‘Wow, that’s a sad tragic outcome for her son but its also just a sad tragic outcome for us because we just don’t get closure,’ Ms Kraft Reid told 2GB breakfast host Ben Fordham.
‘Besides the news we’re unlikely to see any return of that, it’s pretty devastating.’
Melissa Caddick’s husband Anthony Koletti (pictured left with Melissa) and her family were informed of the confirmation of her remains on Thursday night
NSW Police Assistant Commissioner Mick Willing (pictured on Friday) confirmed remains of the missing businesswoman have been found on the NSW far south coast. Also pictured is an exhausted looking Gretchen Atkins (left), the detective who has led the investigation
‘It’s not just the money, it’s the consequences of what’s happened to us and for the many years we’ve worked for zero returns because she decided to live an entitled and frivolous life.’
Ms Kraft Reid feels for Ms Caddick’s teenage son.
‘She’s left a young man without a mother and that’s the tragic part,’ she added.
Other victims want to know where the rest of Ms Caddick’s body was – and suggest she could still be on the run.
‘Did she just cut her foot off?’ One asked.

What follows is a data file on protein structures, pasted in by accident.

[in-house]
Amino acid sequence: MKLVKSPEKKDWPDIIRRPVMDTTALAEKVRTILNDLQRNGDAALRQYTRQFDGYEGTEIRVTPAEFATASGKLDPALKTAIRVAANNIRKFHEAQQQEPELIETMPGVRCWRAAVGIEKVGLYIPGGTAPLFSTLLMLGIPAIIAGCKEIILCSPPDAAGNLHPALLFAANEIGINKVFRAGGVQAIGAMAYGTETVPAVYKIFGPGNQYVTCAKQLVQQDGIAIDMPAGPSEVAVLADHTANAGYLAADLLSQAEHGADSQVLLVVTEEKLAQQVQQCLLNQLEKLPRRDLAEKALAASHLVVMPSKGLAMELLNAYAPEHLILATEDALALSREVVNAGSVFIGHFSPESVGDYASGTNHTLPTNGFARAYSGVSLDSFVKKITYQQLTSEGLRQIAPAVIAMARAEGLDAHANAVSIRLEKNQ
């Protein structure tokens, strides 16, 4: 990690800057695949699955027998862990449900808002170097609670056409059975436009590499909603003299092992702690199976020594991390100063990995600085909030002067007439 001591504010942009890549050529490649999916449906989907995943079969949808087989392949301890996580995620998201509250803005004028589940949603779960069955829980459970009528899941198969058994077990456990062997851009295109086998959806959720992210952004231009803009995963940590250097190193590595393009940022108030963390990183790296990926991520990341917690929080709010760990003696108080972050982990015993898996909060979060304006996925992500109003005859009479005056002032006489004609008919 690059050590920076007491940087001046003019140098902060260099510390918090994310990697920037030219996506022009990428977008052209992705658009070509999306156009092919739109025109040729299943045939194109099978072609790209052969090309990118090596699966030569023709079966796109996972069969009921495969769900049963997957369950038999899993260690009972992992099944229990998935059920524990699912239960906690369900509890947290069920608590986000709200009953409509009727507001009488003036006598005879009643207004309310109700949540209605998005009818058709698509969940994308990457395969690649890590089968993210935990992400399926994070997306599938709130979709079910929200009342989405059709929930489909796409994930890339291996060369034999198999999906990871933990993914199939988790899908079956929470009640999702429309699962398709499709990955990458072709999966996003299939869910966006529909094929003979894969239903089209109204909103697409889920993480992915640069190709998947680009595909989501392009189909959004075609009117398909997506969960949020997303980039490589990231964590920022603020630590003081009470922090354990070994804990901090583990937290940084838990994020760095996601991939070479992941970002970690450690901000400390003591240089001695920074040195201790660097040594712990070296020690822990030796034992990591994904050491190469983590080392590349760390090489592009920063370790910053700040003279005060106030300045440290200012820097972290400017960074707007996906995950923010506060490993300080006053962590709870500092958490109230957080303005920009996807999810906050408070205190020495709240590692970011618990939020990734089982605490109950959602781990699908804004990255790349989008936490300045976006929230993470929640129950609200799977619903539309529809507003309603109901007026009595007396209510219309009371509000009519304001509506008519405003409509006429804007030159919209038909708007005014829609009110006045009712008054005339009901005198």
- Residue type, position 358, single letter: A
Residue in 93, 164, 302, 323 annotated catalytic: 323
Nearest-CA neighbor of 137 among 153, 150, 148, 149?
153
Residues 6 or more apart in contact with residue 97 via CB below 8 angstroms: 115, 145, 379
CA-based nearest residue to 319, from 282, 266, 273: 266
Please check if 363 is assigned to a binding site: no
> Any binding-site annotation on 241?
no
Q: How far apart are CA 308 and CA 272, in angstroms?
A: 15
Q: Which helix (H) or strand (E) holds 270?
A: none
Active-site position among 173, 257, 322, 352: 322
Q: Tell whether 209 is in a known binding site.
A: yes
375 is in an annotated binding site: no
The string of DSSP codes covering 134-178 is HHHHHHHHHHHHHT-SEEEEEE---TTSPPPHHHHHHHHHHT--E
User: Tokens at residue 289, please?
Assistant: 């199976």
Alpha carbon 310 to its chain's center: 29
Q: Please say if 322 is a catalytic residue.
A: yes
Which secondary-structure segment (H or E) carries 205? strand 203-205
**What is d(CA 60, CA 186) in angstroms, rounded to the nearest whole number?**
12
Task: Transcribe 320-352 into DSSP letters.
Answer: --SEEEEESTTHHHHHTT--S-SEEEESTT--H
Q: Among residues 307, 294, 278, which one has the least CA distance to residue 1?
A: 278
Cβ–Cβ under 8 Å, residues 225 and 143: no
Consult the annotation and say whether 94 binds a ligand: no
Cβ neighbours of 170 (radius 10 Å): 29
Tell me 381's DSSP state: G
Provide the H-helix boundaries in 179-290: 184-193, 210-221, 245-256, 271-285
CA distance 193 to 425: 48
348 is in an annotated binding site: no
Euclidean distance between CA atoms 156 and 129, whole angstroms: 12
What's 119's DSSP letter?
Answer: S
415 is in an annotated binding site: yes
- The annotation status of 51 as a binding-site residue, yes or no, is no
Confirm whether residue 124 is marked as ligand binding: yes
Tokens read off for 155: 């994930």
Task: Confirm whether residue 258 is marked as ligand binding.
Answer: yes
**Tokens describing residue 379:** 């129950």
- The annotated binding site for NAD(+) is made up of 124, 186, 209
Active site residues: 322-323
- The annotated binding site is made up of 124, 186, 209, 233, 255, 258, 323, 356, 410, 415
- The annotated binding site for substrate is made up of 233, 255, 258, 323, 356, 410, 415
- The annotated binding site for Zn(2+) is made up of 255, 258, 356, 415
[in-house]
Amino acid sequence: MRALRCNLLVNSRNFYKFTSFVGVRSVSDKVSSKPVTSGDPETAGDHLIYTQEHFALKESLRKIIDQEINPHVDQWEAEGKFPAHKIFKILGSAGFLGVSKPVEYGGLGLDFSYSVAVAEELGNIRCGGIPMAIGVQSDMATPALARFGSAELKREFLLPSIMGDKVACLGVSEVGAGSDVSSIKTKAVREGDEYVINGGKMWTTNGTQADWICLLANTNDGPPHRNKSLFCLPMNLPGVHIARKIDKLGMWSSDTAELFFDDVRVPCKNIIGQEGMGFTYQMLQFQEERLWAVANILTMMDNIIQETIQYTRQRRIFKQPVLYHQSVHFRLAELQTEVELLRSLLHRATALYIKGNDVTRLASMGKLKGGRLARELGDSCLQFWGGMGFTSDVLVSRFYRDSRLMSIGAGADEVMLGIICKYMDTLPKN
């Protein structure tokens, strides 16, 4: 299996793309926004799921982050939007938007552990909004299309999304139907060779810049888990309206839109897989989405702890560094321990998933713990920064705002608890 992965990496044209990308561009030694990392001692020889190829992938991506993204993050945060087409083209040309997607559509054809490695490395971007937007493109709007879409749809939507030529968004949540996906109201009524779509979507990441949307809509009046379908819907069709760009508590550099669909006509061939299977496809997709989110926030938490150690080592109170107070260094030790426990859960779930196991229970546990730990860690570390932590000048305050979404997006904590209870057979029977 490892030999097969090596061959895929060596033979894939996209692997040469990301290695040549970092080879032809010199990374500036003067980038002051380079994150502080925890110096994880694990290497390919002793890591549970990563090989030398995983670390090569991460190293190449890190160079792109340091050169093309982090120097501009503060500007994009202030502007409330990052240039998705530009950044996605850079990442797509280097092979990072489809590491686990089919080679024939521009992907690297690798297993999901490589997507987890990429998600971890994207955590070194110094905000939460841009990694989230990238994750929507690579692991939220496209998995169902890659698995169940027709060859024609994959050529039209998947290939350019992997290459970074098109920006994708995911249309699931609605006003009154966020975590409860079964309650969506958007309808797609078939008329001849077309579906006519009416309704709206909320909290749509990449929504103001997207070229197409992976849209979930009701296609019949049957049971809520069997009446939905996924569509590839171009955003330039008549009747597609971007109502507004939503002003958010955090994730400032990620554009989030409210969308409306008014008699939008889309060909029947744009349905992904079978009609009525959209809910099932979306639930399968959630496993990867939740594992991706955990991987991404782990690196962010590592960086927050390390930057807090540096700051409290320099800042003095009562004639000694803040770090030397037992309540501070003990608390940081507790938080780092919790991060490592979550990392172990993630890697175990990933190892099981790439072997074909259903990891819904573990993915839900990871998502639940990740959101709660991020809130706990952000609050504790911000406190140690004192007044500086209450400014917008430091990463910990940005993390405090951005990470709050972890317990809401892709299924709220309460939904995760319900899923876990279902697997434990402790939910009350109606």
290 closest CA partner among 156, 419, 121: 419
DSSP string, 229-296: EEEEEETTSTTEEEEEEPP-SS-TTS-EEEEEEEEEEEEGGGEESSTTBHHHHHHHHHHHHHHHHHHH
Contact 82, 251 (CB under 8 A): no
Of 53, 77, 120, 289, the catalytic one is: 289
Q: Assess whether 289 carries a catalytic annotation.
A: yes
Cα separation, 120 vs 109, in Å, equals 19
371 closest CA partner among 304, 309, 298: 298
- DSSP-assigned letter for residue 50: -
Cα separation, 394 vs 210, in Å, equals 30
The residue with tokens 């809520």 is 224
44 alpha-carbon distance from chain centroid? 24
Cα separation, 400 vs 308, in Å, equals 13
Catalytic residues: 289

Assistant Commissioner Willing said Ms Caddick’s case is one of the most high-profile missing person investigations he has seen in the 30 years he has been in the police force.
‘There are understandably people out there who are very distressed about her alleged actions,’ he said.
‘And the circumstances where she disappeared have been intriguing and it remains a mystery in terms of how she came into the water.’
Melissa Caddick (pictured) disappeared without a trace from her Sydney home on November 11
Liquidators appointed to deal with Ms Caddick’s affairs on Wednesday said they were unable to find a single example of a legitimate investment in the name of the investor.
Instead, Ms Caddick mixed ‘many, many millions’ of investors’ funds in company bank accounts and her own personal accounts.
She then used the money to fund an ‘extravagant lifestyle’ and property purchases, according to provisional liquidator Bruce Gleeson.
Ms Caddick provided investors with hundreds of documents on Commonwealth Bank and CommSec letterheads suggesting their investments were doing well.
But really the account numbers on the documents either did not exist or were not associated with the actual investor.
Investors were deceived from the very start, as her company Maliver Pty Ltd did not hold a financial services licence as claimed.
Ms Caddick (right) is pictured with her husband Anthony Koletti (left)
Ms Caddick’s husband and son from Friday won’t be paid living and legal expenses out of her assets.
The matter is back in the Federal Court in April, when Mr Gleeson and his partner will ask to be appointed as ongoing liquidators so they can start realising Maliver’s ‘limited’ assets.
Assistant Commissioner Willing said the police were working alongside ASIC on the matter.